Though there’s no evidence his real world assailants were more than thugs, in his imaginary world they were Nazis.

In “Welcome to Marwen” he took a completely different tack. Instead of keeping it real or digital, ”’Marwin’s” characters are both real and animated. They hop back and forth between the real and animated worlds. One moment they’re live actors, the next moment they’re plastic dolls.

The technique fails.

The digital representations of Hogankamp’s dolls resemble the actors who play them, but they’re not presented to us as reality, nor do they resemble it. They’re shiny. They have articulated joints and move in toy-like fashion.

Zemeckis avoids the Uncanny Valley (That doomed “Beowulf”. Even Zemeckis’ digital rendering of a nude Angelina Jolie failed to attract a crowd.) by leaping back and forth across it, but this works less well than leaving us on one side or the other. They are separate stories, and each time we leap across the Valley Zemeckis pulls us out of one and pushes us into the other.

Making us cower in Hogankamp’s imaginary world whenever the stress of the real world overwhelms him not only forces us to suspend our suspension of disbelief, it eventually brings us to suspend our patience with him.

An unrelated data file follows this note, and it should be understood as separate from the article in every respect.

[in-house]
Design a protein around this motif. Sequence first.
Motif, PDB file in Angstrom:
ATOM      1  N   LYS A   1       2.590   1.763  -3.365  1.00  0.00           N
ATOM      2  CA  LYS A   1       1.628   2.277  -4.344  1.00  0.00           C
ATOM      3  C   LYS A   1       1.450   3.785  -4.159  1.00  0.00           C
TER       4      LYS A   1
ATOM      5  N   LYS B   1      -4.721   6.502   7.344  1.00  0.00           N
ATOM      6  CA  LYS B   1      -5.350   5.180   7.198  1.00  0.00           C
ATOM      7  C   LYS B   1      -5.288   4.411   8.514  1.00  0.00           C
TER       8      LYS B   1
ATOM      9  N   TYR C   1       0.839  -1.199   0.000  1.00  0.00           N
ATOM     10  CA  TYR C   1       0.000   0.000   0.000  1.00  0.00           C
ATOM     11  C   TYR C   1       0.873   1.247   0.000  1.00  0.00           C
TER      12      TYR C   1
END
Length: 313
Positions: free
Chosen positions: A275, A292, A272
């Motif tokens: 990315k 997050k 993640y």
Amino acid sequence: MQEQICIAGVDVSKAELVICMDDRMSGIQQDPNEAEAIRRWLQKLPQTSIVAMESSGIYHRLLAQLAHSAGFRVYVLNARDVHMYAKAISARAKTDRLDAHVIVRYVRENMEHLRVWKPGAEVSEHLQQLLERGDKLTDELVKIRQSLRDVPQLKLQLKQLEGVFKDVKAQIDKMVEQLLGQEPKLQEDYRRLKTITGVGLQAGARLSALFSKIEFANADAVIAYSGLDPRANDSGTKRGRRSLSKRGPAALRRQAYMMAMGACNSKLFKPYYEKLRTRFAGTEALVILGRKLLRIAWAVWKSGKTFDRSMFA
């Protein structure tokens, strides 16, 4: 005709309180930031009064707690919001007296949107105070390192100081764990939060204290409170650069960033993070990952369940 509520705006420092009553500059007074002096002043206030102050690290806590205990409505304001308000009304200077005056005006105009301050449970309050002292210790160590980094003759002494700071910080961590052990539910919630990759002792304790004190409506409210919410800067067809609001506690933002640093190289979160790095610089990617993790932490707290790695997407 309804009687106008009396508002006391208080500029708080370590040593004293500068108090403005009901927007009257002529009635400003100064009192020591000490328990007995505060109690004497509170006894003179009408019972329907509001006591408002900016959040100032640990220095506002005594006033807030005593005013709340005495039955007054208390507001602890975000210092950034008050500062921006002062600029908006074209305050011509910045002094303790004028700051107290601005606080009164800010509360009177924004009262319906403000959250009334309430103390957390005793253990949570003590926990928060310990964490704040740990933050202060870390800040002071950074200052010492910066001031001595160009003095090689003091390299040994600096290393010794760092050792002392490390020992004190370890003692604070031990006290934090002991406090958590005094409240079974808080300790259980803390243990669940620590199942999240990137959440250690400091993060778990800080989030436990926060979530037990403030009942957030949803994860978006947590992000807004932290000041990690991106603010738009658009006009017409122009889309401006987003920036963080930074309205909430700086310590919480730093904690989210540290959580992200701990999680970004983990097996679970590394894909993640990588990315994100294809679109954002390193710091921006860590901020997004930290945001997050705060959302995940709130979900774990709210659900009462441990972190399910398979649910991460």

Carell makes sure Hogankamp is a sympathetic character. We never see him in full crossdressing bloom, and we get used to him in heels. We accept the outer Hogankamp. It’s the inner Hogankamp that eventually gets on our nerves.

The digital Nicol and Captain Hogie, Leslie Mann as the real Nicol and Steve Carell as the real Hogankamp

Three years after his trauma Hogankamp clings to his imaginary world. He goes nowhere and does nothing without his miniatures and dolls. He takes for granted the real-life women who form his support mechanism, who seem less dear to him than the dolls he paints to resemble them.

Eventually we’re frustrated by Hogankamp’s inability or refusal to overcome the smallest of life’s bumps. By the film’s end, we’ve watched him mistake sympathy for love and ignore real affection, and end up not getting the girl, any girl, and by the time we find out Hogankamp still lives in his imaginary world of dolls — we no longer care.

We feel cheated at having spent emotional capital and two hours of precious time on someone who is less heroic than we, less heroic than any and all in the audience, and less than heroic enough to win an Oscar for either Zemeckis or Carell.

“Welcome to Marwen” failed at the box office because it broke a basic film rule, its protagonist isn’t a hero or antihero, he’s pathetic, he engenders pathos, and in spite of Zemeckis’ and Carell’s calculations “Welcome to Marwen” will fail at the Oscars too.